Blogging to grow your business: 3 lessons ‘the experts’ won’t tell you

By Jeff Molander

blogging to grow your business

Time to read: 2 minutes. There is a lot of information online about blogging to grow your business. Yet people are failing left and right. They’re not even getting off the ground. Why? Because the experts are wrong. Giving customers your best advice and writing engaging stories will NOT convince them to buy. We’ve been told this is “what works.” But blogging to grow your business takes more. Here are 3 lessons I learned the hard way. Here’s what WILL get you into the sky—what to do and where to start. 

Advice you give-away doesn’t matter

How you give away advice matters more (to growing your business) than the advice itself.  So… how can you move beyond being seen as an engaging expert—toward blogging to grow your business?

Answer: Focus more on the structure of your advice, not on the quality or quantity of advice itself.

Here’s what I mean. Blogging to help customers solve a problem or achieve a goal is a great starting point. You should always give-away your very best advice when blogging to grow your business. It IS part of what works. But it’s not a complete strategy. It is a starting point.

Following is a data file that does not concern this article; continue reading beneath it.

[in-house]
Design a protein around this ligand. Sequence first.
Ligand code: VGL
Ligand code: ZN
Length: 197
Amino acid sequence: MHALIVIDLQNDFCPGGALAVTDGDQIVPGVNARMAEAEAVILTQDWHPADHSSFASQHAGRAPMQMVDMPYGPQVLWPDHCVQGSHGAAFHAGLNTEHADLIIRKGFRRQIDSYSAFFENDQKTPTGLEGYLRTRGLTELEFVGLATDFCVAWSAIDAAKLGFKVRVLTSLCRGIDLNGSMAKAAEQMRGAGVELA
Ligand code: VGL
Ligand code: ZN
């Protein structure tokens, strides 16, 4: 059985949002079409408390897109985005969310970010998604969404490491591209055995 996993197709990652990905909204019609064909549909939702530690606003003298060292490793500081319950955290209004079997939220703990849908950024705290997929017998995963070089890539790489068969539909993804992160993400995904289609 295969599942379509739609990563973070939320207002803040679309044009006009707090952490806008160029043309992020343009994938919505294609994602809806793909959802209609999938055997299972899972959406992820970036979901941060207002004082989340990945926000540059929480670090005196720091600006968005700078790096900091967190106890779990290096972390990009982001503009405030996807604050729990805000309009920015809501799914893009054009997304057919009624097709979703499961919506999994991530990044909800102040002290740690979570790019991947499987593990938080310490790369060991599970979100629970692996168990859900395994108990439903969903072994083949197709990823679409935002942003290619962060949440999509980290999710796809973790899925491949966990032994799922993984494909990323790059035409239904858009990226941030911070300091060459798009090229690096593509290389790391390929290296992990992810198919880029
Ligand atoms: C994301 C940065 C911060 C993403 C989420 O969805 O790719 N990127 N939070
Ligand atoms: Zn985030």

The main point here is this: How you give away advice matters more than the advice itself. 

If you want to be seen as an expert AND generate business leads with your blog focus on how you structure words within a blog post. For example, when you blog are you leading customers down a path—where they choose the final destination? Are you guiding in ways that help them make better decisions or understand “best fit” for their needs?

For example, are you

  • structuring words to create “buying confidence” in potential customers?
  • using trigger words to provoke readers to become a lead?

Are you designing what you write to create an urge and trigger behavior?

Or are you like most bloggers—over-focusing on what advice you’re giving away, how much … and why you give away information at all?

The best starting point when blogging to grow your business is your customers’ problems or goals—answering questions in ways that empower and guide them toward what you’re selling. However, helping, teaching or guiding them and structuring what you write will create fare more leads, more often.

Curiosity is the goal, not engagement

People look at me like I’m from the moon when I say, “the goal of social media is not to engage with customers.” But when I finish the sentence folks often get excited.

The goal of your blog is to sell.

First, we get attention.

Then we get engaged with.

The trick is to get engaged with and immediately create meaning—some kind of “ah-ha!” or meaningful resolution for the reader.

Because once you’ve created meaning for a reader you’ve opened the door. You become immediately qualified to invite customers on a journey to where they want to go—somewhere better, smarter, faster.

Now THAT is engagement you can DO something with, right?